Las Vegas Sun

September 2, 2015

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SUN EDITORIAL:

A budget for the future

Obama’s plan has a long-range outlook, unlike the Republicans’ proposal

The plan President Barack Obama released Monday takes a reasonable approach toward the nation’s budget, making significant cuts aimed at reducing the federal deficit. The White House says the plan would cut more than $1 trillion from the federal deficit over the next decade.

But Obama’s budget isn’t just about cuts. It also includes plans to spur federal spending on education, technology and infrastructure, all areas that will help the nation economically now and into the future. Investments in all those areas, particularly education, will help the nation compete in the world economy.

His plan garnered a knee-jerk reaction from Republicans in Congress who said it didn’t cut enough. Obama said the budget was just a “down payment” on future deficit reduction efforts. His proposal wisely tries a balanced approach, which will help the nation. In a news conference Tuesday, Obama said he was looking toward the future.

“My job is to make sure that we’re focused over the long term: Where is it that we need to go?” Obama said. “And the most important thing I can do as president is make sure that we’re living within our means, getting a budget that is sustainable, investing in the future and growing the economy.”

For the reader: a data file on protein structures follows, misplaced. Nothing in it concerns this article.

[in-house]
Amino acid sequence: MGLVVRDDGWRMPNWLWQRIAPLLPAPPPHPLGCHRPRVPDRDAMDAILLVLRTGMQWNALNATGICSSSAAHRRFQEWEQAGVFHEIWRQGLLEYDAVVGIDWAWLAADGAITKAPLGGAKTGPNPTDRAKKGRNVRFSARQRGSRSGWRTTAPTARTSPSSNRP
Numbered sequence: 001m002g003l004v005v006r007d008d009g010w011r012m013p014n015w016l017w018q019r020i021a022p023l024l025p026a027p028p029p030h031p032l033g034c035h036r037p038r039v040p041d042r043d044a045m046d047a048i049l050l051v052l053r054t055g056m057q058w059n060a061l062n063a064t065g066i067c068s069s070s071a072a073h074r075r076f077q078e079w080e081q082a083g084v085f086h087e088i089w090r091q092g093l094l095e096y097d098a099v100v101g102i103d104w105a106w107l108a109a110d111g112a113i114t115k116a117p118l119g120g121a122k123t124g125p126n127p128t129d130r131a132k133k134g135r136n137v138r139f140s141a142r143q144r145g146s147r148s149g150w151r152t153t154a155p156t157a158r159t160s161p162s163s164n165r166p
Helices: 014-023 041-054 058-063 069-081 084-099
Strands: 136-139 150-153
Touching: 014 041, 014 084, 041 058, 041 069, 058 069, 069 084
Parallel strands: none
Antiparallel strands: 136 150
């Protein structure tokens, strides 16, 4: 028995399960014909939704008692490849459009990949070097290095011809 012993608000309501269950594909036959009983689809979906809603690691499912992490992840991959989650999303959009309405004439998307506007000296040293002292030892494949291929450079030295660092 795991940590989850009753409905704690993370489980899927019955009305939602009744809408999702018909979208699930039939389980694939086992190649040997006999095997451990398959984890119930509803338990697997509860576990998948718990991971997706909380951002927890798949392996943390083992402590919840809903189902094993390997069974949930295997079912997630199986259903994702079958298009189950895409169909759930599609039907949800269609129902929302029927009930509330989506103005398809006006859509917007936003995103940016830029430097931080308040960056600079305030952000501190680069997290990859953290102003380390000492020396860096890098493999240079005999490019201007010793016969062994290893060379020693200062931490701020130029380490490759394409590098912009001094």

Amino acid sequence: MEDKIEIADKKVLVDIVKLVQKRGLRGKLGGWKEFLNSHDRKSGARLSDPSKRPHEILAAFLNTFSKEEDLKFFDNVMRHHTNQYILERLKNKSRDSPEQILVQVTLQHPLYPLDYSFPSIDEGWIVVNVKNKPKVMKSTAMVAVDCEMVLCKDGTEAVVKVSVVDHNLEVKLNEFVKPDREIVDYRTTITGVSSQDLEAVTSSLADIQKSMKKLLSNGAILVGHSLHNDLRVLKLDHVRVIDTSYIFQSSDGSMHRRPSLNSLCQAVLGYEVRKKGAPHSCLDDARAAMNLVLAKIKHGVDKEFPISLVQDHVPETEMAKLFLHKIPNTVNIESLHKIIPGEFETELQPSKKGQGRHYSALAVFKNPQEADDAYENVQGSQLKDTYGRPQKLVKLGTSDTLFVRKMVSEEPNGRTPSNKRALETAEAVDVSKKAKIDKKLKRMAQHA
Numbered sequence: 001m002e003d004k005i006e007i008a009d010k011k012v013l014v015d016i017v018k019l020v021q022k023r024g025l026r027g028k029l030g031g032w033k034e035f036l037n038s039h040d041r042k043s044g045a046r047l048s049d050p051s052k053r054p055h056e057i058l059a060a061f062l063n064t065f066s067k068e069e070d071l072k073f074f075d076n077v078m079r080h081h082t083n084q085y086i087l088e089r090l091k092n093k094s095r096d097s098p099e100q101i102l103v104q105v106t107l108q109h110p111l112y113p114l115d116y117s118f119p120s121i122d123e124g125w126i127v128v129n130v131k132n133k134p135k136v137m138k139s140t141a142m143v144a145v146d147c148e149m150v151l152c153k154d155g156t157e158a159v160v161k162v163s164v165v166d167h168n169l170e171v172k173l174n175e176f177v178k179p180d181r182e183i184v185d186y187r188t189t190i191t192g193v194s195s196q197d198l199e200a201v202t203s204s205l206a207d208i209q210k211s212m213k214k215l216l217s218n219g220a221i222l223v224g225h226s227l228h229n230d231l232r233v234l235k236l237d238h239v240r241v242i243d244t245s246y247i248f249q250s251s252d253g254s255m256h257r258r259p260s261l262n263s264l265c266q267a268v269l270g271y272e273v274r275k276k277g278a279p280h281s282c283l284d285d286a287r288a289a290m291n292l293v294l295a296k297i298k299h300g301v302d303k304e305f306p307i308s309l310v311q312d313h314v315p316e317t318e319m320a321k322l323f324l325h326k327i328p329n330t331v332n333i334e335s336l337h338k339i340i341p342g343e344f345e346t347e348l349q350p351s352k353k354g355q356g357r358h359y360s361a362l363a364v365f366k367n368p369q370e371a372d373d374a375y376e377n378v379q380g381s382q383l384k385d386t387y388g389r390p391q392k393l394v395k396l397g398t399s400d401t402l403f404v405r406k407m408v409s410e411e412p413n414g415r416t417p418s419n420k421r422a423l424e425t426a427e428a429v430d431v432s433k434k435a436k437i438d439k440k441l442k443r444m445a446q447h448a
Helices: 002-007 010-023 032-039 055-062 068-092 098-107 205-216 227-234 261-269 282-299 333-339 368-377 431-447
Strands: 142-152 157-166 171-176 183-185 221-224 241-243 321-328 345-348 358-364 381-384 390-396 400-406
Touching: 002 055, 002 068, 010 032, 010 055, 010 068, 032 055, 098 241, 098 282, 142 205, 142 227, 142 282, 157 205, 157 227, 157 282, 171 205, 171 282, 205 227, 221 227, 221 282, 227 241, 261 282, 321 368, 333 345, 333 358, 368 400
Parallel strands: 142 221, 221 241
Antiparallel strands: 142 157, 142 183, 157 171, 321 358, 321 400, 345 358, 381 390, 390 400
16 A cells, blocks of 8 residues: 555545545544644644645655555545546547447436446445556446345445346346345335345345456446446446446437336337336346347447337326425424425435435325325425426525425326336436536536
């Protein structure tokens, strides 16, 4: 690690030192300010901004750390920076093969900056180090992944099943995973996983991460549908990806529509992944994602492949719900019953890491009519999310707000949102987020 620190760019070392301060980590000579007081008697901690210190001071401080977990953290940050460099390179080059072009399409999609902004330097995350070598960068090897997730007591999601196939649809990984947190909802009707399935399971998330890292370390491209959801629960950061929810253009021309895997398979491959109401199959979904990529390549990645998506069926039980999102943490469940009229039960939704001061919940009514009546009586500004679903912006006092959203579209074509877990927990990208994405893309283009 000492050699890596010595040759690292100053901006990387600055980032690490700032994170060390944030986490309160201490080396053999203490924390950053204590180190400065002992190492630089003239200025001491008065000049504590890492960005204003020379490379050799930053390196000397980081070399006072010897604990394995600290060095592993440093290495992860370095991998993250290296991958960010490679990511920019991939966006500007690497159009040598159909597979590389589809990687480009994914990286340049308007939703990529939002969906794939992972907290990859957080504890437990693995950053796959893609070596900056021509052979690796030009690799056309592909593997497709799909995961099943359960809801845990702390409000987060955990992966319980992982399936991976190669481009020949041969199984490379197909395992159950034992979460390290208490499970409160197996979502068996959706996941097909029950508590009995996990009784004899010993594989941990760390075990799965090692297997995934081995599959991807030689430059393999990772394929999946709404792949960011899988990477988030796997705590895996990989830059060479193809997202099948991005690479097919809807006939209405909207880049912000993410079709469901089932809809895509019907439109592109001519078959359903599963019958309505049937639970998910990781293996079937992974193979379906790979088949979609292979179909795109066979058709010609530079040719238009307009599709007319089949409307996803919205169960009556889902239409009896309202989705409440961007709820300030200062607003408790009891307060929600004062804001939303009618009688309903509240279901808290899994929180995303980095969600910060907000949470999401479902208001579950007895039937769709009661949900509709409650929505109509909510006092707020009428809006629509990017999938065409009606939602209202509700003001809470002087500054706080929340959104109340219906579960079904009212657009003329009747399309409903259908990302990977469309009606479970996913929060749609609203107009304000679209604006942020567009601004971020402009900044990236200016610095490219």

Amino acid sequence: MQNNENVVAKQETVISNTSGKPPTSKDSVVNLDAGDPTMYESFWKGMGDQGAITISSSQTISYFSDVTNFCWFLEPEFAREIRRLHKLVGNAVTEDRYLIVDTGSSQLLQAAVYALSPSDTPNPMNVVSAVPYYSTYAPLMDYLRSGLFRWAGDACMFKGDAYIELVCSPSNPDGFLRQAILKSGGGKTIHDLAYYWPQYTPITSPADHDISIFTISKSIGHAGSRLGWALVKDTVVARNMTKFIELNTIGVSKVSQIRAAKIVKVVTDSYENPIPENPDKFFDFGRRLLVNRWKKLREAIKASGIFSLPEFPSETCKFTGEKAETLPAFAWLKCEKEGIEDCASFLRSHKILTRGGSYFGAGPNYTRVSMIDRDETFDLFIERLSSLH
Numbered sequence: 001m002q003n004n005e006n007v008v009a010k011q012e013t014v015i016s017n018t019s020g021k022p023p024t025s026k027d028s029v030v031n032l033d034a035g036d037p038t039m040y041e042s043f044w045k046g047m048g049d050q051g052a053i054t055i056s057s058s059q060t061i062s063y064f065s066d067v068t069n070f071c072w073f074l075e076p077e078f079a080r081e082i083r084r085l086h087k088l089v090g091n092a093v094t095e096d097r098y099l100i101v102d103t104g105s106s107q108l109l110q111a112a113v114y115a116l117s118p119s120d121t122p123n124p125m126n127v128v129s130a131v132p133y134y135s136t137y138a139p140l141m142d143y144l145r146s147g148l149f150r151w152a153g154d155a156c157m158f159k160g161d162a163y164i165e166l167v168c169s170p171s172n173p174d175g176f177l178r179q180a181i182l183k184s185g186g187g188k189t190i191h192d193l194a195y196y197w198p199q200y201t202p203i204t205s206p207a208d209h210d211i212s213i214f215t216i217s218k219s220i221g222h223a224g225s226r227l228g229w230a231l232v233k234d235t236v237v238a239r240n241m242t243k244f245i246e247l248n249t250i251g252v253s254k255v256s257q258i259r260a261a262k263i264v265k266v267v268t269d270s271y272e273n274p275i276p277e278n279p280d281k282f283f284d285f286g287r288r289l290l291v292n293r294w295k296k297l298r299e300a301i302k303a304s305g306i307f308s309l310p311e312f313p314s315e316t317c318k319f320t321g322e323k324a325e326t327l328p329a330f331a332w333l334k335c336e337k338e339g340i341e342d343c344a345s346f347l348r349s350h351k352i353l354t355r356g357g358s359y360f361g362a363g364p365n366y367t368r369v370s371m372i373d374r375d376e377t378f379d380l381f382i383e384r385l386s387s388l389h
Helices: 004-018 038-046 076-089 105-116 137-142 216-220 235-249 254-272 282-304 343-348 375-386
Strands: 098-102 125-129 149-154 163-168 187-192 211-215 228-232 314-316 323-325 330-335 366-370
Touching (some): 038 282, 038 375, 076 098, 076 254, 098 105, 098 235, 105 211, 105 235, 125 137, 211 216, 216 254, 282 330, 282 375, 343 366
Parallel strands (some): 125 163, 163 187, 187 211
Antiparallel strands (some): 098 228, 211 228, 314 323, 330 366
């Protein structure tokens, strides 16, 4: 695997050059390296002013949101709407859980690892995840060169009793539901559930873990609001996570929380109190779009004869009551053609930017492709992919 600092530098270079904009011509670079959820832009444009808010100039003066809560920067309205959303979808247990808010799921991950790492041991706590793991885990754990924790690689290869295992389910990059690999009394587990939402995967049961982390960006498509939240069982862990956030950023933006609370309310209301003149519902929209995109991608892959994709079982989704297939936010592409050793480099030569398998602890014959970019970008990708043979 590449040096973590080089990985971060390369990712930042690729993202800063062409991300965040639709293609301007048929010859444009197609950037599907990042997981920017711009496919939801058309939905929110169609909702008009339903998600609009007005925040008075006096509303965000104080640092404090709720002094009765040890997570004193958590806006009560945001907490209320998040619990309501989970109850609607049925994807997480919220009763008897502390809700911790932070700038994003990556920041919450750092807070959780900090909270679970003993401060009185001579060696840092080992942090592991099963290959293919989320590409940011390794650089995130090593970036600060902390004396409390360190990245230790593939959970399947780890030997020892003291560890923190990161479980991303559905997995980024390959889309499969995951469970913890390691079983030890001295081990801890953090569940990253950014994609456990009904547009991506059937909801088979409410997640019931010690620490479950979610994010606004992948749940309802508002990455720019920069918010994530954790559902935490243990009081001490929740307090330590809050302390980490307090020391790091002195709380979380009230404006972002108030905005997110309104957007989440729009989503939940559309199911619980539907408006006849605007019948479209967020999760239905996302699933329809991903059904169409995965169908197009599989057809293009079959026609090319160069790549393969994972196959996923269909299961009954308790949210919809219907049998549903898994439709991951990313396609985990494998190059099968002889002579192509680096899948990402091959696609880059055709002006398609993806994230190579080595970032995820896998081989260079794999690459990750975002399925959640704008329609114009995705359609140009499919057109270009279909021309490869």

Obama once again emphasized that reducing the deficit is vital, referring to the work of a blue-ribbon commission that issued its report last year. He noted that although he didn’t agree with all of the commission’s recommendations, he said it “changed the conversation” by providing a framework of ideas.

“My hope is that what’s different this time is we have an adult conversation where everybody says, ‘Here’s what’s important and here’s how we’re going to pay for it,’ ” he said.

For the country to move ahead, there will need to be serious discussions about reforming entitlement programs, as well as other government services, and that will mean tough decisions. Social Security and government health care programs, such as Medicare, account for more than 40 percent of federal spending. Defense spending and veterans’ benefits make up more than 20 percent of the budget.

Are Republicans ready to have an adult conversation on those topics? It doesn’t appear so, judging from a plan House Republicans released Friday. Their proposal for the current fiscal year, which ends in September, would make draconian cuts to many important government programs, particularly services for the nation’s poor and vulnerable.

Pushed by the Tea Party, House Republicans have taken a hard-line approach and appear intent on using the economic downturn as a way to carry out their ideological views. But if they really were serious about fiscal responsibility, they would have opposed extending the Bush-era tax cuts last year to the wealthiest of Americans instead of making them the linchpin to a budget deal.

It’s time for Republicans to get real. People need help, and they should be working with the president for the good of all Americans. Of course there will be disagreements, but there are certainly sensible ways to rein in spending and cut the deficit, as the president has demonstrated.

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